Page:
The early evidence on accountable care organizations in the Medicare Shared Savings Program (MSSP) indicates that while these ACOs have made some headway in savings and care quality, changes to the program could make them more successful, according to Health Affairs.
While most MSSP ACOs achieved relatively small savings or losses, a large portion of ACOs saved rather than overspent relative to their benchmarks, indicating at least some degree of success, one analysis states.
The size of the ACO didn't necessarily determine its likelihood of producing savings, as large ACOs "generally did not have an advantage in financial performance compared to smaller ACOs," according to the article.
But geography does appear to play a role in ACOs' financial success, as ACOs in the South performed better on average than other regions, and those in high-cost areas were particularly successful in producing savings. The other analysis expands upon this finding, concluding that "the way medicine is practiced (or at least has been practiced) in a region is important to the ACO's ability to generate shared savings under current benchmarking methodology."
Financial performance, though, is only one part of ACOs' overall mission, and the first Health Affairs analysis notes that the savings produced by MSSP ACOs is not necessarily related to how they were able to improve the quality of care. Many ACOs that showed high quality performance also produced savings, but the two factors aren't highly correlated, indicating that the Centers for Medicare & Medicaid Services (CMS) could do more to improve the link between the two measures of success.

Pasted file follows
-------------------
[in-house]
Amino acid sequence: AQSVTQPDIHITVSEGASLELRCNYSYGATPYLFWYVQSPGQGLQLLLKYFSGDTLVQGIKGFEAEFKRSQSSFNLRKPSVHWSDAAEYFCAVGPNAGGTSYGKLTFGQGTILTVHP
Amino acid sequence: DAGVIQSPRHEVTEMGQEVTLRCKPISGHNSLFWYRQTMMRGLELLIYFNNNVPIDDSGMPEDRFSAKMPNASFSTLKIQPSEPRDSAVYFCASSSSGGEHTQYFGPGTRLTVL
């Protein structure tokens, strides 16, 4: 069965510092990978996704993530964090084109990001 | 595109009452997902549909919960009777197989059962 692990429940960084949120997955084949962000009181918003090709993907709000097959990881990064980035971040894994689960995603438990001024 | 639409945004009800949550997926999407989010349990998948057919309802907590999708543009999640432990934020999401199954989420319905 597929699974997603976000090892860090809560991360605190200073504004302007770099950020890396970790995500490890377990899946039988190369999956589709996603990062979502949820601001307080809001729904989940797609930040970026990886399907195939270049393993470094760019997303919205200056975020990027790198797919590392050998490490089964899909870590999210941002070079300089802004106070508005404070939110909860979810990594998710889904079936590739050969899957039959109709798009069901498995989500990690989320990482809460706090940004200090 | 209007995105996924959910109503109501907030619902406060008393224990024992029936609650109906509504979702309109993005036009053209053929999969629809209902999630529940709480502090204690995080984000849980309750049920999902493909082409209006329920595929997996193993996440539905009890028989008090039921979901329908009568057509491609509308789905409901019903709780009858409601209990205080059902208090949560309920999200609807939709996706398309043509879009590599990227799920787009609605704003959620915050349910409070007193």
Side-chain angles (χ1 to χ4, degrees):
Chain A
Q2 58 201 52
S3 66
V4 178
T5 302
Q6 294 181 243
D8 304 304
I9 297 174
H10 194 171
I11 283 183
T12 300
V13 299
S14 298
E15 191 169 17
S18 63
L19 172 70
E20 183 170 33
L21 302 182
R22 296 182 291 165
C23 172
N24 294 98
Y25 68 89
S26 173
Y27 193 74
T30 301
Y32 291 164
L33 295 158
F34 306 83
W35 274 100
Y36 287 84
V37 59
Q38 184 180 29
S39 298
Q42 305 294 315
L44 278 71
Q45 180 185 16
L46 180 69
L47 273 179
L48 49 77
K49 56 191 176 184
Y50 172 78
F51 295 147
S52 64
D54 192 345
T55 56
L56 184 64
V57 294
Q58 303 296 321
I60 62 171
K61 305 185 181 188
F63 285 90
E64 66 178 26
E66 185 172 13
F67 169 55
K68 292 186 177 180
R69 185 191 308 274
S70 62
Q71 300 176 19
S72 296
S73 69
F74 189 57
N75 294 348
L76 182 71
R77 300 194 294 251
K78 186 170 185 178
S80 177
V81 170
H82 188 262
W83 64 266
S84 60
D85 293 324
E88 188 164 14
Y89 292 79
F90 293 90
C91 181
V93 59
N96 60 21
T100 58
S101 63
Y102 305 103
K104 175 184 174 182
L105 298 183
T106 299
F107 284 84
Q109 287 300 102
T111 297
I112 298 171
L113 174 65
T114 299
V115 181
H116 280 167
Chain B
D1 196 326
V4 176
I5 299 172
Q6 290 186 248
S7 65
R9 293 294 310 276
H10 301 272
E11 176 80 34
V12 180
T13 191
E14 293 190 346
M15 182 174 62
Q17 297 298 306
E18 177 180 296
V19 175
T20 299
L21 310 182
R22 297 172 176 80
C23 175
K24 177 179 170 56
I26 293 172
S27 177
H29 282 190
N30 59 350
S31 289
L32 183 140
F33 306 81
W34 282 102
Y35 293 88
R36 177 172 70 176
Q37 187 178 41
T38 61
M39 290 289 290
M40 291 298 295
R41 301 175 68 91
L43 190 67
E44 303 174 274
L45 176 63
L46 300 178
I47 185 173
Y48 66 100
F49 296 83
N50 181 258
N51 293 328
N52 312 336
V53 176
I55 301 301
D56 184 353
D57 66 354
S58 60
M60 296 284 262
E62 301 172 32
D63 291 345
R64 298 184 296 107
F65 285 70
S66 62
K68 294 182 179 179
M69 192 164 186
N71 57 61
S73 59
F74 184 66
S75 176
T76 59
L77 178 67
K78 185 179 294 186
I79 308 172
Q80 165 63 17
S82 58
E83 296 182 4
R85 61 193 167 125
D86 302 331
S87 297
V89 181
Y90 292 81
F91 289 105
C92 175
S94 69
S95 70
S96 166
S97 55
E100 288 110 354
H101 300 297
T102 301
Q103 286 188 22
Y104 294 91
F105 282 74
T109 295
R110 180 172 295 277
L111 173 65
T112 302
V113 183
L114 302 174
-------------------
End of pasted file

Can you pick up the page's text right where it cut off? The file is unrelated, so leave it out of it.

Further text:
"Organizations that can improve care and lower costs need a clearer and more sustainable path beyond the current two tracks," the analysis concludes.
Improving the model is precisely what CMS intended in its recently proposed rule change that aims to give MSSP ACOs an extra three years before they could face penalties for poor performance and offers a new model to entice providers to form ACOs, FierceHealthcare has reported. But the CMS proposal may not go far enough to address concerns of participating ACOs that are struggling to comply with the rules of the program and report quality measures, health economist Paul Keckley, Ph.D., recently told FierceHealthcare.
"I think the two things that are pretty clear is the CMS wants the ACOs to stay alive," Keckley said. "The second is the changes don't address some of the things that the ACOs are currently participating would like to have seen."
The American Hospital Association has also criticized CMS' rule change proposal, saying the kickback prevention measures it includes--particularly rules governing the transportation of patients--could impede healthcare delivery, according to FierceHealthFinance.